11. 11. Enforcement of Copyright <ul><li>The primary remedies under UK law are civil remedies e.g. injunctions and damages </li></ul><ul><ul><li>Many infringements are inadvertent – infringer is unaware of © in a work, or ignorant of © generally - they are still potentially liable </li></ul></ul><ul><ul><li>The burden of proof in a civil case is lower than a criminal case - balance of probability </li></ul></ul><ul><ul><li>If a case goes to court legal action tends to be both lengthy and costly (and poor PR) </li></ul></ul><ul><li>Note: 1 st rule of litigation - don’t sue poor people. </li></ul><ul><ul><li>Exception: unless the client wants to prove a point </li></ul></ul><ul><li>Note: Universities aren’t perceived as poor. </li></ul>
    12. 12. Research data issues <ul><li>Is the research data capable of protection by copyright? </li></ul><ul><ul><li>E.g. some research data may simply fail to qualify. </li></ul></ul><ul><li>If it can be copyrighted, who owns it? </li></ul><ul><ul><li>E.g. the researcher, the researcher’s employer, other third parties, joint ownership with others? </li></ul></ul><ul><li>If third parties have rights in the data, what rights do you have to use them? </li></ul><ul><li>If you’ve licensed rights in, have you licensed all the rights that you need to carry out the research, disseminate the results and where necessary archive the research data. </li></ul>
    13. 13. Research project issues <ul><li>Legal risk assessment </li></ul><ul><li>Ownership of rights and IPR strategy – e.g. relationship with publishers, sponsors etc. </li></ul><ul><li>Multi-party projects – prior agreements on IPR e.g. consortium agreement – ownership, sharing, reuse </li></ul><ul><li>If using 3 rd party IPRs, document terms of use for each work – assignment, licence or other – rights register </li></ul><ul><li>If archiving data ensure that IPR information is included for archivists to guide permissible reuse </li></ul><ul><li>Where possible, attach IPR information to digital works as metadata. </li></ul>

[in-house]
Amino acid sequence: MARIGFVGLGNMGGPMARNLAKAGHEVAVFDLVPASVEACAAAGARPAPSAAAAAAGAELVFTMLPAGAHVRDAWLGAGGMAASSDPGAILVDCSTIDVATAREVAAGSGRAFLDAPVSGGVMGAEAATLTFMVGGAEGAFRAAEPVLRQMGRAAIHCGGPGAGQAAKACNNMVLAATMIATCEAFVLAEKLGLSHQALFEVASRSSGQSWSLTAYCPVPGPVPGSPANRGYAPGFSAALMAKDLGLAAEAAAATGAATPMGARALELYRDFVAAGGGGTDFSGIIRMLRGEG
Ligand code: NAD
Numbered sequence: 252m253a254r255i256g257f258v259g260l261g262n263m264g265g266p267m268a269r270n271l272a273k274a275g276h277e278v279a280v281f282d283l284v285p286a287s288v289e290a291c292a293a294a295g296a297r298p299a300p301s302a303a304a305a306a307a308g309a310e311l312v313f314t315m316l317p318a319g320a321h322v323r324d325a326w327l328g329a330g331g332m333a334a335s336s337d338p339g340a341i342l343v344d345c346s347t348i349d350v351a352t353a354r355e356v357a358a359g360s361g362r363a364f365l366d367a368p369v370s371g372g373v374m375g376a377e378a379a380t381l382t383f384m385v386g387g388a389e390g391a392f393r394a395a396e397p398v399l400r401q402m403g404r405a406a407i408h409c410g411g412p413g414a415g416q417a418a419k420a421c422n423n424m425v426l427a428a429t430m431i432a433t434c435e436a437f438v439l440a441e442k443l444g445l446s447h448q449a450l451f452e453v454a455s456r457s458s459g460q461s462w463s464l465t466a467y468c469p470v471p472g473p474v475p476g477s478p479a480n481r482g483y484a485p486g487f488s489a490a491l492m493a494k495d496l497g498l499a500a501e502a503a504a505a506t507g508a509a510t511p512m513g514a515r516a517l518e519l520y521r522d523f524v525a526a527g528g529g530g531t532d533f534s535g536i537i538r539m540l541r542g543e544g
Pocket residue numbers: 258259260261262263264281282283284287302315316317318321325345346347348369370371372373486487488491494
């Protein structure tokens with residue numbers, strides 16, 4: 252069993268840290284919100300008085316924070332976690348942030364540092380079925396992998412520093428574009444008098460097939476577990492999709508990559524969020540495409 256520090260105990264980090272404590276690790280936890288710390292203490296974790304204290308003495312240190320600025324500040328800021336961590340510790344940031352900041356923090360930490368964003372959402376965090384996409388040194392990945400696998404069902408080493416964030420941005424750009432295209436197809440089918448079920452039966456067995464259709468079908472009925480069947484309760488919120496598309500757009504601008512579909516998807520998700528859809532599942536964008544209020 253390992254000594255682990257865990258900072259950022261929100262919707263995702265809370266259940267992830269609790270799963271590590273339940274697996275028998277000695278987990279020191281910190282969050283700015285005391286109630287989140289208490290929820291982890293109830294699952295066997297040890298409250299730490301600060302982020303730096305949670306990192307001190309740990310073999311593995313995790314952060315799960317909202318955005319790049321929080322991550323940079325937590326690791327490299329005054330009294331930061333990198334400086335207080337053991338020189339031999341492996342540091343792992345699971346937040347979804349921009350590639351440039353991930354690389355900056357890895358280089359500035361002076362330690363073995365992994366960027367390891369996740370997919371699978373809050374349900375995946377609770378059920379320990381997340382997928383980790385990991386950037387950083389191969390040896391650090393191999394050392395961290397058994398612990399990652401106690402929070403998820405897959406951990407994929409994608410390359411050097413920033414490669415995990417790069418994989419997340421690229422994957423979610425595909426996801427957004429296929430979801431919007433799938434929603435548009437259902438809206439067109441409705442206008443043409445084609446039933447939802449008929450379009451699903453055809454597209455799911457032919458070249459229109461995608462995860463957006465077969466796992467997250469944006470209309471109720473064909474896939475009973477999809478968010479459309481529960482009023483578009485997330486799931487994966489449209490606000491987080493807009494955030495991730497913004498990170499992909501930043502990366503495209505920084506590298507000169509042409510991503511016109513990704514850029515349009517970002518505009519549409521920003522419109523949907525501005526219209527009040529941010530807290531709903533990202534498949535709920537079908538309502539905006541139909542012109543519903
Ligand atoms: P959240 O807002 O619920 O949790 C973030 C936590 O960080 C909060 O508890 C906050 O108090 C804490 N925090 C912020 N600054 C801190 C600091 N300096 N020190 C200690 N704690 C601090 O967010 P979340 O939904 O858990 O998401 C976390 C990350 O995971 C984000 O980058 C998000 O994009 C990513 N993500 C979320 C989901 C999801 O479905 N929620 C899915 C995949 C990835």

14. 14. Case Study 1 –Preservation <ul><li>Interactive BBC videodiscs to celebrate 900th anniversary of original Domesday Book – info. about how Britain in 1986 </li></ul><ul><ul><li>Preservation issues </li></ul></ul><ul><ul><li>Emulation of software to preserve the project </li></ul></ul><ul><ul><li>Copying of works held in original videodiscs </li></ul></ul><ul><li>Legal issues </li></ul><ul><ul><li>Copyright in software and other works </li></ul></ul><ul><ul><li>Ability to legally copy for preservation </li></ul></ul>
    15. 15. Case Study 2 – Digitisation <ul><li>BioMed Image Archive at Bristol University </li></ul><ul><li>Digitisation project - biomedical images </li></ul><ul><li>Legal issues: </li></ul><ul><ul><li>Licensing IPRs required for archiving and dissemination of images & allowing educational use </li></ul></ul><ul><ul><li>Obtaining warranties and indemnifications to shield the University of Bristol, from unnecessary liabilities </li></ul></ul><ul><ul><li>Securing sufficient and accurate info. from the depositor to create adequate metadata to describe the image, and ensure its proper use. </li></ul></ul><ul><ul><li>Addressing data protection and confidentiality issues in subject matter of the images and in descriptive metadata </li></ul></ul>
    16. 16. Case Study 3 – Web Archiving <ul><li>JISC & Wellcome Trust Web Archiving Study </li></ul><ul><li>Broad overview of legal issues of concern to web archivists </li></ul><ul><ul><li>National laws on legal deposit of digital materials; </li></ul></ul><ul><ul><li>Intellectual Property laws, esp. copyright; </li></ul></ul><ul><ul><li>Defamation law , esp. libel law; </li></ul></ul><ul><ul><li>Privacy law, esp. data protection law; </li></ul></ul><ul><ul><li>Content liability laws, esp. obscenity/indecency laws. </li></ul></ul>
    17. 17. Case Study 4 - User Generated Content <ul><li>Digital Lives project - personal digital collections </li></ul><ul><ul><li>how modern PDCs are created, managed, and made accessible </li></ul></ul><ul><ul><li>how to select, describe, preserve and provide access to PDCs </li></ul></ul><ul><ul><li>impacts of legislation, confidentiality and professional ethics on PDCs and the implications for their dissemination, or acquisition by repositories. </li></ul></ul>